Virtualization is the process of separating software from the hardware it runs on, allowing software to be accessed and run on any device.
In a virtual desktop infrastructure (VDI), a centralized server hosts virtualized desktop environments and applications and deploys them over a network to end-users on request.
A virtual computing system known as virtual machines (VMs) provide and manage virtual desktops, supporting VDI deployment and allowing organizations to run multiple applications and operating systems on a single physical server in a data center.
VDIs enable employees to work and access applications and services remotely.
While virtualization has been around for years, it is currently experiencing rapid growth in demand alongside growing worldwide demand for secure remote IT infrastructure.
The use of virtual desktop infrastructures offers many benefits including significantly increased user mobility, ease of access, flexibility, and security.
Technological advancements have made VDIs simple and cost-effective to deploy on legacy systems, offering scalability and improved performance without the cost of building new infrastructure.
Cloud computing enables VDI to leverage scalable infrastructure to consume resources only when required by the virtual desktop infrastructure, creating a proactive and automated resource provisioning and de-provisioning environment.
Using VDI and a hybrid cloud allows organizations to deploy new virtual desktops in seconds.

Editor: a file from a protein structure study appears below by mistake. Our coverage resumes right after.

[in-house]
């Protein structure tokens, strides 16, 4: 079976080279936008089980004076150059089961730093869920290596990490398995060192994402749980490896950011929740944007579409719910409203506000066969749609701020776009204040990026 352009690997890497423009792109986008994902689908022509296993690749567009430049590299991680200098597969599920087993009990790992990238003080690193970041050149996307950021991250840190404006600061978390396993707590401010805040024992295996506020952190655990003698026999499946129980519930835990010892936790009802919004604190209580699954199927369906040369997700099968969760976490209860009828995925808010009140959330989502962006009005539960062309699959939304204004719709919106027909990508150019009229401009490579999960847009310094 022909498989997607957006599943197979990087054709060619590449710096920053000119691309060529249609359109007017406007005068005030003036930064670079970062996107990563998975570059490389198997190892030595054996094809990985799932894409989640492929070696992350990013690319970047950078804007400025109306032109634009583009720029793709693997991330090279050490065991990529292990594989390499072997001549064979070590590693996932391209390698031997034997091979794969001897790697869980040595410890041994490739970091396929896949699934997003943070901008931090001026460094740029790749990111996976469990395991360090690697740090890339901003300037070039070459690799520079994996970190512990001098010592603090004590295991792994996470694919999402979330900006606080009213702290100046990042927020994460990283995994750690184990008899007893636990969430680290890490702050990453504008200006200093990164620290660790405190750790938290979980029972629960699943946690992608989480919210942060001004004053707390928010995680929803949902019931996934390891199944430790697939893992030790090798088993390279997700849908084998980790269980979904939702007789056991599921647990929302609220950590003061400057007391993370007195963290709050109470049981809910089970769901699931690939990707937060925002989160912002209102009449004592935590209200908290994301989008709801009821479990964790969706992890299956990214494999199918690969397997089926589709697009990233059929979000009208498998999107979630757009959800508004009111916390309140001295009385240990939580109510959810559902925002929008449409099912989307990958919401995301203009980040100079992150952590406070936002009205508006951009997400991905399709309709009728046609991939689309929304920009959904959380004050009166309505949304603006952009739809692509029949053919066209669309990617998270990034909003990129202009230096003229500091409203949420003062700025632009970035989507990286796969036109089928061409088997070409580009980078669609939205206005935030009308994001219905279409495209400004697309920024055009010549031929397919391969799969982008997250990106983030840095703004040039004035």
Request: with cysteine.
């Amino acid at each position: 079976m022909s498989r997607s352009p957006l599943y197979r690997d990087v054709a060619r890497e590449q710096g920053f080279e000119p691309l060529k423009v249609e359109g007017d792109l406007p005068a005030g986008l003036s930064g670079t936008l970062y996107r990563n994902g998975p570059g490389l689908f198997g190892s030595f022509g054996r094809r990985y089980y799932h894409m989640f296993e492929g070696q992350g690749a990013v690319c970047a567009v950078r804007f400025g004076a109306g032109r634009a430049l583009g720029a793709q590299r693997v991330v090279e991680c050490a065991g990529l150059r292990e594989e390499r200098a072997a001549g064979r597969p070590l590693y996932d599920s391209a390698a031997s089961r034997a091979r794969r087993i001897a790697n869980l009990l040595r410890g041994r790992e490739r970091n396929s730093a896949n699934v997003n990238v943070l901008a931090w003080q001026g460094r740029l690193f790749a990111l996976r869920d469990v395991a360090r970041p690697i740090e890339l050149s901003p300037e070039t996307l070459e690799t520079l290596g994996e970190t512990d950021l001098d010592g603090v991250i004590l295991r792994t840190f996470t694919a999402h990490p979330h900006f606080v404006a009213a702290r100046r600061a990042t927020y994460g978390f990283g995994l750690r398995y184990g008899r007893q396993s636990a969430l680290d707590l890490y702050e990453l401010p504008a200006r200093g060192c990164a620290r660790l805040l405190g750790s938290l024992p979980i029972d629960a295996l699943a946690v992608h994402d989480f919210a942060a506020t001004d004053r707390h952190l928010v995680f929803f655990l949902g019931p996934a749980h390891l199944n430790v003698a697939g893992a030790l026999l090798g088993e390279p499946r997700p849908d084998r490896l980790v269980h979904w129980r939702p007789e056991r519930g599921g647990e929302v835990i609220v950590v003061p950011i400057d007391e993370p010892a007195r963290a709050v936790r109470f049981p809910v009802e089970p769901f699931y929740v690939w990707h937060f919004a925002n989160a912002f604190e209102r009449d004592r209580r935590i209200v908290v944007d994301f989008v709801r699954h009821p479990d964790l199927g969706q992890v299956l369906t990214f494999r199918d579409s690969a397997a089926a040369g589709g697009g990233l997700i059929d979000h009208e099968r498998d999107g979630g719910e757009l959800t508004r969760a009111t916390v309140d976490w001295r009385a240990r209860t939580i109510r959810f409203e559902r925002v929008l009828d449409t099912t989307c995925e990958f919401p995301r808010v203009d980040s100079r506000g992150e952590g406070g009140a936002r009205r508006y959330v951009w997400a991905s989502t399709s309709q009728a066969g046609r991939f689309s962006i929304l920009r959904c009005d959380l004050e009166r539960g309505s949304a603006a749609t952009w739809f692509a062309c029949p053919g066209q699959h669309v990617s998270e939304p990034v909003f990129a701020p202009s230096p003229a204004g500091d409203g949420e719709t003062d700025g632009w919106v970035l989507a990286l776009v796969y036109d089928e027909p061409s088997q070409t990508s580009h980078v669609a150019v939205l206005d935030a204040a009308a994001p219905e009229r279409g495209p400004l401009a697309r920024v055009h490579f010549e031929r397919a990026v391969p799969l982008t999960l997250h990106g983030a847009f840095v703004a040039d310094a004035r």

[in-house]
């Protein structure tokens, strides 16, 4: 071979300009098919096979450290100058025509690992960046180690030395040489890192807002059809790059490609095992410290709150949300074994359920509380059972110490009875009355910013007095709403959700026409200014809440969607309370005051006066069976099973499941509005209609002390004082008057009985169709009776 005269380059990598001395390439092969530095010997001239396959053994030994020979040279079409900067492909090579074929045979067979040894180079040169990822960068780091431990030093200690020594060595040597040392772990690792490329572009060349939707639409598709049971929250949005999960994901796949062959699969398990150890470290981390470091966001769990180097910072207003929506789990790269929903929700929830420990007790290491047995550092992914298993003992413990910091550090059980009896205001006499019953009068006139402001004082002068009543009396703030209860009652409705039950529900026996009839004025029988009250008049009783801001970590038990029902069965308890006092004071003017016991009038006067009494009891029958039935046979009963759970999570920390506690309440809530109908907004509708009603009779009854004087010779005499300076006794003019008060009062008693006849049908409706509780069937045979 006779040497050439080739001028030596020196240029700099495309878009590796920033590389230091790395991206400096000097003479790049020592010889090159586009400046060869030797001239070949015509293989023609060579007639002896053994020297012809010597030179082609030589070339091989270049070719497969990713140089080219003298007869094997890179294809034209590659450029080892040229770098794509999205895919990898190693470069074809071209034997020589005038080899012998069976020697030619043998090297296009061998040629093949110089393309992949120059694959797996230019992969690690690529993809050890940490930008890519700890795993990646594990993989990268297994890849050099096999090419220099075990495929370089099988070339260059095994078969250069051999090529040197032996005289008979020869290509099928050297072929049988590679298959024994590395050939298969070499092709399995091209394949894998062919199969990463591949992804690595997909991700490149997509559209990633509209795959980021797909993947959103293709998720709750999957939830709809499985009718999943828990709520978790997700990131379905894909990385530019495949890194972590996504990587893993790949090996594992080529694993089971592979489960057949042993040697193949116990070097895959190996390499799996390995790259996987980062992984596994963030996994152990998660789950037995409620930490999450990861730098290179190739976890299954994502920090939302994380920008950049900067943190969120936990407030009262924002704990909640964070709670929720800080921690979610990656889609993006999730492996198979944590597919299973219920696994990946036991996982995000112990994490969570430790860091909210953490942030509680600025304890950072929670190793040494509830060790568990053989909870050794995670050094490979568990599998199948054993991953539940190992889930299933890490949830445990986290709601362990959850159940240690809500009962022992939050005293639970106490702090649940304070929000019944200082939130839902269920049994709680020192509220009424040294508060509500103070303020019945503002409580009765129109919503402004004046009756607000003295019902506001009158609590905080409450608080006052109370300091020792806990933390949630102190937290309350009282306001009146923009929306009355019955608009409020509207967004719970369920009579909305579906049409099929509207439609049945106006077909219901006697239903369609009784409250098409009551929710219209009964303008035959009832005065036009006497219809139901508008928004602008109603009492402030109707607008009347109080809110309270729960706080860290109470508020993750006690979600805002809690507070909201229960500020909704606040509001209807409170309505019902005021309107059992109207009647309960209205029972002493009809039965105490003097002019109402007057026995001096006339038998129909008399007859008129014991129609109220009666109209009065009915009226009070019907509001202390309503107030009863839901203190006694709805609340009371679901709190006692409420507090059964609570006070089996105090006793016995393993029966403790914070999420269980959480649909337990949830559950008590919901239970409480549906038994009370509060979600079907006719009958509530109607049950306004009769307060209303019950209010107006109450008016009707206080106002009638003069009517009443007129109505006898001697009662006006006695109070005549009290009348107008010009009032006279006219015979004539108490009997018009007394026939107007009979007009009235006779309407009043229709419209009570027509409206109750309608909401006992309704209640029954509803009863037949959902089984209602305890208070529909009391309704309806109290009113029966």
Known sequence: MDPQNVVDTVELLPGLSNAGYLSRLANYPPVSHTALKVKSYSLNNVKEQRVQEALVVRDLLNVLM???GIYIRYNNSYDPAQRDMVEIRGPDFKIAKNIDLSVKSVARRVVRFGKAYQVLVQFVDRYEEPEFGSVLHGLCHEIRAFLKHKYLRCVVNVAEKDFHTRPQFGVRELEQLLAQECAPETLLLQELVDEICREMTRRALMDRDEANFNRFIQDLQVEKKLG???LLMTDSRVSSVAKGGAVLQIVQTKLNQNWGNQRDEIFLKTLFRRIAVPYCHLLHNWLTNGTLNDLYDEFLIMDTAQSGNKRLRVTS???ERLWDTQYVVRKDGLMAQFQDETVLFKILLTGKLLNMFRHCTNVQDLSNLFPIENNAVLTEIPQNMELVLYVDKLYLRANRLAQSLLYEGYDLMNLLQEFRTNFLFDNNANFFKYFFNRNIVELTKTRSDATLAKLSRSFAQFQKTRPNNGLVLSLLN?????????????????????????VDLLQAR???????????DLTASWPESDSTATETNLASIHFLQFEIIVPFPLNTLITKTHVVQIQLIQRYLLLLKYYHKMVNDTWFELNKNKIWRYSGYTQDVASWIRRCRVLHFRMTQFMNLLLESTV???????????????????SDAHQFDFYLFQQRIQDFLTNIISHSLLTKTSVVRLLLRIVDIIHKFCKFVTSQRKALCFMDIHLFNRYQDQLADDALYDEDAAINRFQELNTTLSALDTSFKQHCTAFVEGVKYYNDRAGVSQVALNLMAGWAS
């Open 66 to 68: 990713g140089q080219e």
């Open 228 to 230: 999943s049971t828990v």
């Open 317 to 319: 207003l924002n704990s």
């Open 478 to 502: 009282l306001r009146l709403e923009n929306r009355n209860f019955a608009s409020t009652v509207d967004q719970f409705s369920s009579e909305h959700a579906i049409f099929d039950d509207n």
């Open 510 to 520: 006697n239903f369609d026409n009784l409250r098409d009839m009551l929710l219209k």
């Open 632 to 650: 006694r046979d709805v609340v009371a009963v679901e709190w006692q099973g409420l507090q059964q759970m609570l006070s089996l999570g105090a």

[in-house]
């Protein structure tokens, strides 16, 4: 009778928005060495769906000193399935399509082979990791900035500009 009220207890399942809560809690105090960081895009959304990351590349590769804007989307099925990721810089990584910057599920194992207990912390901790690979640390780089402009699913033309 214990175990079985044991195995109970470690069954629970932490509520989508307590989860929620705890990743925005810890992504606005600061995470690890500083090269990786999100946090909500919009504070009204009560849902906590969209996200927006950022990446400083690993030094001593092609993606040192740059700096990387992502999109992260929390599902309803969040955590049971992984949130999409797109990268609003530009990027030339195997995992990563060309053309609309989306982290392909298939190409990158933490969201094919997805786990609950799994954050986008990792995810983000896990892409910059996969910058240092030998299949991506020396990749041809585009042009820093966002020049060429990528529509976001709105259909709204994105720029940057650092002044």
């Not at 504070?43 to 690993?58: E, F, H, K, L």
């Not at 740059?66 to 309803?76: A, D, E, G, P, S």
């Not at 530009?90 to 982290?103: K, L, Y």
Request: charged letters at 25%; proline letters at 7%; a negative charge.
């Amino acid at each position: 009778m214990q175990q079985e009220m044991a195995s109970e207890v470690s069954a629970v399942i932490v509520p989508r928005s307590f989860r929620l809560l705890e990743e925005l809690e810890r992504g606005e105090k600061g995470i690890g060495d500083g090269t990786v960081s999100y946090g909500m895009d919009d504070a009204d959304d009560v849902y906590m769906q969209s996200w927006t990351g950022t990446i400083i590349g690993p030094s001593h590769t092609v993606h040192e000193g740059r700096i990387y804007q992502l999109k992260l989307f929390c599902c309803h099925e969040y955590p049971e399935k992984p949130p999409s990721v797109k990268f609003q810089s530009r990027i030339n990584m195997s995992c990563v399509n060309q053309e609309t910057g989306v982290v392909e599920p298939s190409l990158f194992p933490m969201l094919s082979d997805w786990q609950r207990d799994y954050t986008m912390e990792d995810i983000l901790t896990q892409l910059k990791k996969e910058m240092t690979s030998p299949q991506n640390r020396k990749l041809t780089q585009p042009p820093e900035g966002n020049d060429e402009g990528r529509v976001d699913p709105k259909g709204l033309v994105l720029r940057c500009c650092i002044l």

VDI offer users a centralized management structure that allows administrators to patch, update, and configure all virtualized desktops in a system at the same time. While complete desktop disaster recovery is simple and reliable due to all components being saved and backed up in the data center.
Virtual desktop infrastructure ensures businesses maintain confidentiality by hosting applications on a private server hosted in a data center, rather than a client’s device.
If endpoint devices are stolen or corrupted, connectivity can be terminated to eliminate access to a business’s sensitive data.
Virtual desktop infrastructure allows end-users to “bring your own device” (BYOD). Files, data, applications, and cloud services can be accessed remotely from nearly any location.
VDIs create virtual desktops that serve as an optimized digital workspace. Because virtual desktop environments are not plagued by the same incompatibility issues inherent in physical systems, employees are freed to use PCs, tablets, smartphones, and thin clients – significantly reducing the burden of remote work.
Because desktop virtualization can often be implemented on legacy devices, hardware expenses are usually significantly reduced. Often, a third-party service provider will handle maintenance and upkeep of the centralized server hosting remote desktops.
The use of a virtual desktop environment, or virtual desktops in general, means organizations no longer have to be burdened by the downsides of physical components.
Because processing is consolidated on a host server, hardware requirements for end devices are significantly lowered. Users can access virtual desktops from older devices rather than having to purchase new and expensive hardware.
The benefits of remote desktop services make it clear why they’ve become so popular today. Virtual desktop environments support more users with faster, more secure access to applications and data than ever before – and the number grows daily.
Virtual machines and the virtual desktops they support offer improved user experience alongside nearly unlimited accessibility. Virtualization is fundamentally changing the possibilities surrounding remote work, offering businesses agility, scalability, and the ability to utilize a distributed workforce.
Effective use of virtualization and its remote access capabilities offers organizations real-world translatable competitive advantages.